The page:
Yes, the first component is self-kindness, which we just discussed–talking to ourselves in a kind, gentle way and offering ourselves the support we need.

Another aspect of self-compassion is recognizing our common humanity. In essence, acknowledging that everyone is flawed: this is part of the human experience. It helps to remember that you’re not alone in what you’re feeling. Isolation also has an evolutionary explanation. If you get disconnected from the group, you get eaten by the lion…so it’s very scary! That’s why we need to remind ourselves that suffering, being flawed and imperfect, is a part of life.

The third component is mindfulness: being able to recognize in the moment when you’re suffering. It’s amazing how much negative self-talk goes on just under your awareness. We teach formal meditation, but research is showing that the informal self-compassion techniques we’re teaching are just as effective. Self-compassion isn’t that hard. We have these skills that we use for our friends or our children. We just have to remember to do it for ourselves.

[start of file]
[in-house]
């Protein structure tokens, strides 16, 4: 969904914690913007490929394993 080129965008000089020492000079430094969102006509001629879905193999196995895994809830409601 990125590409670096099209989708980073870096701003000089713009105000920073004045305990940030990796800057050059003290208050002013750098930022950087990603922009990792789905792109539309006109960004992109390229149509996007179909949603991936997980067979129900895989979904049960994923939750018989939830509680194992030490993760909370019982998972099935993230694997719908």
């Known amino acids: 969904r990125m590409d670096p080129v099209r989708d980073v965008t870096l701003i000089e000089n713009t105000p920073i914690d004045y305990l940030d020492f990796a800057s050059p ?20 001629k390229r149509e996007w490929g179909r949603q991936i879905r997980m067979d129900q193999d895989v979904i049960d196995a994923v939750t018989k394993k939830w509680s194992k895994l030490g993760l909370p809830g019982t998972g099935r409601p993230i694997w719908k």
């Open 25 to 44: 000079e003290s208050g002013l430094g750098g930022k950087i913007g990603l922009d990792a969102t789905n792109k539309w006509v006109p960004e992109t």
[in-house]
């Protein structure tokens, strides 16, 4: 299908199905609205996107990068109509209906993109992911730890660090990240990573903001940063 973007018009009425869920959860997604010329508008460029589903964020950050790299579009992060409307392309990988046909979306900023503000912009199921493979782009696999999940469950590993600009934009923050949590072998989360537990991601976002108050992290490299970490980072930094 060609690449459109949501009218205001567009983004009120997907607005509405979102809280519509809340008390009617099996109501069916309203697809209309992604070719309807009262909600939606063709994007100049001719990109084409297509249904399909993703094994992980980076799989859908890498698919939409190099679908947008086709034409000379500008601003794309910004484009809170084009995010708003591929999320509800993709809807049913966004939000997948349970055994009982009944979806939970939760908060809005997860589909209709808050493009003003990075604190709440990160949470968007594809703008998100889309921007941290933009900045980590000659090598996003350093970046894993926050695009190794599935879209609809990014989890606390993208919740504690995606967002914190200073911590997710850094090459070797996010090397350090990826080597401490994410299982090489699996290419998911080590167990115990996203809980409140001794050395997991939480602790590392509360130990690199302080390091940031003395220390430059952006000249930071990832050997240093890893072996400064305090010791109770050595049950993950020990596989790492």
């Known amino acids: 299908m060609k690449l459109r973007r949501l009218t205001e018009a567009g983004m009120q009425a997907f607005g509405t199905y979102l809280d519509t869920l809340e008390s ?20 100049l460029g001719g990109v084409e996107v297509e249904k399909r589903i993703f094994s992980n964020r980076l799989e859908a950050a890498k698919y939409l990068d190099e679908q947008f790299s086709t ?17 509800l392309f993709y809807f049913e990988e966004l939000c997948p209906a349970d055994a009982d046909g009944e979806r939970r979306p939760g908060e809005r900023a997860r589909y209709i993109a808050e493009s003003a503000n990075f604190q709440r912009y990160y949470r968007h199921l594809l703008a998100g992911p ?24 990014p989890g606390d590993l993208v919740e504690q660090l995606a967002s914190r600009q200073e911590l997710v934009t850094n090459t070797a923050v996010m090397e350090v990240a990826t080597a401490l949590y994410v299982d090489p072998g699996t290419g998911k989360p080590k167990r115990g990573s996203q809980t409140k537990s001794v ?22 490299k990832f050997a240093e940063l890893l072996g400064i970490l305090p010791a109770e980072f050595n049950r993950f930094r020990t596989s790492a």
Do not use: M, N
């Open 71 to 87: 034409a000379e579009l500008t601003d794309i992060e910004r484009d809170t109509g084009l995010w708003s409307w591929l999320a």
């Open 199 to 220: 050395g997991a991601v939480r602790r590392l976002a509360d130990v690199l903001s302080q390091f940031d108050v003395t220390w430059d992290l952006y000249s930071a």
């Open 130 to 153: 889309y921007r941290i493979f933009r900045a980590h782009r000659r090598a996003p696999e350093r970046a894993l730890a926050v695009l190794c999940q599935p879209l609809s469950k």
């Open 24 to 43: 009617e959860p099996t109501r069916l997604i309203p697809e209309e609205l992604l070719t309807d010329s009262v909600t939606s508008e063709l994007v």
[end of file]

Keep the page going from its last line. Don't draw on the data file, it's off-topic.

Why do we have such trouble with being compassionate with ourselves?

There are really two very closely related reasons. One, when we criticize ourselves, we reinforce the illusion of control. Self-judgment says that if only I would have tried harder, things would’ve worked out. It’s scary to admit how little control we sometimes have. Two, we really believe that we need self-criticism to motivate ourselves. This is the number one reason people give for not wanting to be self-compassionate. They are afraid they’ll be lazy or not do what they need to do. However, when we are in a self-critical place, this is the worst possible mindset in which to do our best.

In conclusion, Kristin led viewers in a “Self-Compassion Break.” 

Think of something you’re struggling with. Assume a self-compassion posture, such as the hand on the heart. Say to yourself in a kind tone of voice, “This is a moment of suffering,” or “This is really hard right now.” – “Suffering is a part of life; I’m not alone in this. Other people feel the same way.”—“May I be kind to myself in this moment and may I give myself the kindness I need.”